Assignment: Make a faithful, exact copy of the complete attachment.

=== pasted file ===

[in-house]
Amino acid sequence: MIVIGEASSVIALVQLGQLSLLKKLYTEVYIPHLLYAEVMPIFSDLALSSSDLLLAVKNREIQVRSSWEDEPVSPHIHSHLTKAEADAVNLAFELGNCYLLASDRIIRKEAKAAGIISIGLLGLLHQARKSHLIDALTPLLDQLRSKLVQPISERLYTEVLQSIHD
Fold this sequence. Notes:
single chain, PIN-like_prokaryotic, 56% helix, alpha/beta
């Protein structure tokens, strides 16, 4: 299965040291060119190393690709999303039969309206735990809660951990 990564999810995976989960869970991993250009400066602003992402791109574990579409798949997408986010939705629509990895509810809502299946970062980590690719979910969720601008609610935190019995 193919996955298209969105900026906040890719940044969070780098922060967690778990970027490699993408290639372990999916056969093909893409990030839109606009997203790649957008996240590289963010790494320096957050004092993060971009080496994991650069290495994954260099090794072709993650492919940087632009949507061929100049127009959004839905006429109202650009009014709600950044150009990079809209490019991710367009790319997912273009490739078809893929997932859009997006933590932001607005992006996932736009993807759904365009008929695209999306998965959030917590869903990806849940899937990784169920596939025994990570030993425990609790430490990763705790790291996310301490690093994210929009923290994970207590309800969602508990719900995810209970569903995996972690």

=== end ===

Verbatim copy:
[in-house]
Amino acid sequence: MIVIGEASSVIALVQLGQLSLLKKLYTEVYIPHLLYAEVMPIFSDLALSSSDLLLAVKNREIQVRSSWEDEPVSPHIHSHLTKAEADAVNLAFELGNCYLLASDRIIRKEAKAAGIISIGLLGLLHQARKSHLIDALTPLLDQLRSKLVQPISERLYTEVLQSIHD
Fold this sequence. Notes:
single chain, PIN-like_prokaryotic, 56% helix, alpha/beta
């Protein structure tokens, strides 16, 4: 299965040291060119190393690709999303039969309206735990809660951990 990564999810995976989960869970991993250009400066602003992402791109574990579409798949997408986010939705629509990895509810809502299946970062980590690719979910969720601008609610935190019995 193919996955298209969105900026906040890719940044969070780098922060967690778990970027490699993408290639372990999916056969093909893409990030839109606009997203790649957008996240590289963010790494320096957050004092993060971009080496994991650069290495994954260099090794072709993650492919940087632009949507061929100049127009959004839905006429109202650009009014709600950044150009990079809209490019991710367009790319997912273009490739078809893929997932859009997006933590932001607005992006996932736009993807759904365009008929695209999306998965959030917590869903990806849940899937990784169920596939025994990570030993425990609790430490990763705790790291996310301490690093994210929009923290994970207590309800969602508990719900995810209970569903995996972690």